Greetings friends and fans. Welcome to our brand new website. In this first issue of our blog I’ll discuss listening to our recordings and introduce some new features we hope you’ll enjoy
Most of the popular music we listen to on the radio or stereos has a compressed “dynamic range.” In simple terms, dynamic range is the difference between the loudest and softest parts of a song. Compression makes the softer parts of a piece closer in volume to the louder parts. Sounds are compressed so that you'll hear the complete song, soft parts and loud parts, at almost the same volume. This is especially helpful to the listener when there’s a lot of background noise, such as when you are driving in a car. Most radio commercials are heavily compressed because it’s important to the advertiser that you hear every word. At Aircraft Records we use compression in the production of our CDs too, just not as much as in popular music. Our goal is to make our recordings sound so authentic that you’ll feel you are actually there. This means that, when you’re listening to our CDs, there will be periods of low and high volume. For example, in a track from the Reno Air Races, you’ll hear the planes roar by in front of you on the first lap, then listen as they travel around the whole course before you hear them roar by you again, up close and loud.
If you think of how you might hear a P-51 at an airshow or while you're hanging out at your local airport, you expect the sounds emitted by the Mustang's engine to be loud only if you are standing close while it’s starting up, or perhaps as it makes a high-speed pass right in front of you. This is exactly the type of experience we are trying to bring to you in our recordings. So, when you are setting levels on your stereo (or on your phone or iPod while listening with headphones), set the volume so the loud parts are comfortable. The less loud sounds on the CD will then fall into perspective.
While producing these CDs over the last several years, we have carefully listened on a large variety of audio systems and speakers, ranging from extremely accurate studio monitor speakers (like Meyer Sound HD-1s and Genelec 1030As) to onboard computer speakers such as you’d find on an iMac or other desktop computer. And, because many people add outboard media speakers to their computers, we've given these kinds of systems a thorough vetting as well. I can't vouch for all of these speaker systems of course, but on my computer — I use a pair of Bose Companion 2 Media speakers — they sound pretty darned good. They won't shake the room like a big system, but many models produce quality sound in keeping with their size. For those of you with a medium sized stereo system with a receiver, CD player and a good pair of bookshelf speakers, might I suggest investing in a sub woofer? It doesn't have to be an expensive one. You will find that sub woofers really bring out the low frequencies of those large engines.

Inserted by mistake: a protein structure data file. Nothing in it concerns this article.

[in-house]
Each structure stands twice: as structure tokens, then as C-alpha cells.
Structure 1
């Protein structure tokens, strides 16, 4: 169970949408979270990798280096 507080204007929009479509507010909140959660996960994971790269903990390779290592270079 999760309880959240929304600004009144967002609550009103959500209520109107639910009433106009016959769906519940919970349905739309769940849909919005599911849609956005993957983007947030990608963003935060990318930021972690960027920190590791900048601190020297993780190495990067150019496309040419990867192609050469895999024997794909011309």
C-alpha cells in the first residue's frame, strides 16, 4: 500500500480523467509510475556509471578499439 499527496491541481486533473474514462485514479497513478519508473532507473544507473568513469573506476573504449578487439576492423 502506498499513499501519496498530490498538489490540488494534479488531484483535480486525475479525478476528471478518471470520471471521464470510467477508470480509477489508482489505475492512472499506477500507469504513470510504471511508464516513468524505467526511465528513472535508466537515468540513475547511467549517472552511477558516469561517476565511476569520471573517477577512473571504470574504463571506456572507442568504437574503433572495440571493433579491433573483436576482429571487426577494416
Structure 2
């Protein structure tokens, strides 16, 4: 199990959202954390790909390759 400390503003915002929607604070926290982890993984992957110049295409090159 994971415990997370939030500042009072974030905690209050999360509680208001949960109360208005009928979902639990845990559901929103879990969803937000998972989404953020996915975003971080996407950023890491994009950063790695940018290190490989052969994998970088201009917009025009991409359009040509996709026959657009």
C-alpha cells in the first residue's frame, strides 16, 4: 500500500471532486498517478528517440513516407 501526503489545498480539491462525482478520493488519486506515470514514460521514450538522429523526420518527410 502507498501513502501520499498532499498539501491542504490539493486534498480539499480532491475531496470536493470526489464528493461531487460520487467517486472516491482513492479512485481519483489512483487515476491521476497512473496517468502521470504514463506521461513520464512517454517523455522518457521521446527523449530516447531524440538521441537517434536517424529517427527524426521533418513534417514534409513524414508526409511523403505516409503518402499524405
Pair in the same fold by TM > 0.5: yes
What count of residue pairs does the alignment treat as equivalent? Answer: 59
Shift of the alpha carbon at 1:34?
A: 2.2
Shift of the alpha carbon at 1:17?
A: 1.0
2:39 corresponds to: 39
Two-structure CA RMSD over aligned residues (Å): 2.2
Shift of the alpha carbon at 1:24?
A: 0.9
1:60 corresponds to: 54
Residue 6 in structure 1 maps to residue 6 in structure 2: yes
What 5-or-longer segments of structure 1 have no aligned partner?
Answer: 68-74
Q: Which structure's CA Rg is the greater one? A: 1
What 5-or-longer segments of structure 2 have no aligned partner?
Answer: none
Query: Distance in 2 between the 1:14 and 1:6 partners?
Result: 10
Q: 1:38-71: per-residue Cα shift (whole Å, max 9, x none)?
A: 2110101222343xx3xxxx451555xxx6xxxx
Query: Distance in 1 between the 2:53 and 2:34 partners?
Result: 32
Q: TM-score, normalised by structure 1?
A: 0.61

Finally, one of my favorite listening experiences is over a pair of good headphones. While recording, I monitor over a pair of Sony 7506 headphones. I like them because I can play my favorite cuts nice and loud, as loud as real life, and I don't disturb anyone. Sony’s 7506s have been around since the mid 1980s, and you can still get them in Pro Audio stores and on Amazon. I strongly recommend them. They cost around $100 a pair. I've even listened to our sounds over a pair of Apple ear buds. Yes, ear buds! Surprisingly, they sound great too.
Another regular feature of our new site is the Sound Clip of the Month. You can listen to the clip on a player within each edition of the blog. Most sounds will be sourced directly from our CDs. This month’s featured clip— you can find it below — was recorded originally for “Round Sounds Vol. 1”. When I started producing these CDs in earnest I soon realized that if I was going to find myself anywhere near running engines and flying planes, I’d better have my gear plugged in and my batteries charged at all times. Fortunately, this time I was ready. It was the Tuesday of Race Week at The National Championship Air Races at Stead Airport outside Reno NV. in the early ‘90s. It was an unusually quiet, overcast morning and no one was flying. Then, out of nowhere, somebody's radio crackled with a request for permission to take-off.
It was Race 77 Lyle Shelton’s “Rare Bear”. I knew that the re-engined, meticulously race-prepared ex-Navy F8F Bearcat was one of the fastest planes to ever compete at Reno. What was he going to do? Then, over the radio, Lyle requested a 2-lap qualifying attempt. What luck I was having! The recording conditions were perfect — almost no wind, no one else in the air, only a few people nearby. I was alone in the stands. Fifty feet away a couple of workers were assembling grandstands. Were they in for a treat! Listen very carefully and you’ll hear the radio communication between Lyle and Race Control. (You’ll also hear a peculiar, hollow clicking sound. That’s an empty Styrofoam coffee cup bouncing by in front of my mics.) You’ll hear a couple of blistering qualifying laps then a pull-up and power down, and you’ll hear Rare Bear fly complete 9+ mile laps with the haunting sounds of its 18 cylinder, supercharged Wright 3350 bouncing off the hills surrounding the Unlimited Course.Lyle Shelton's Race 77 "Rare Bear" Reno Qualifying Laps
Ron Burda Interviews Lyle Shelton:
Another feature of our new site and this blog will be sound clips of interviews we’ve done over the years. These include discussions we’ve had with wartime pilots, racing pilots, racing engine designers any many other Legends of Aviation. This month’s interview features Lyle Shelton, Navy Veteran pilot and multiple winner of the Unlimited Class races at the National Championship Air Races outside Reno, NV. Enjoy!
An Unmodified Grumman F8F Bearcat: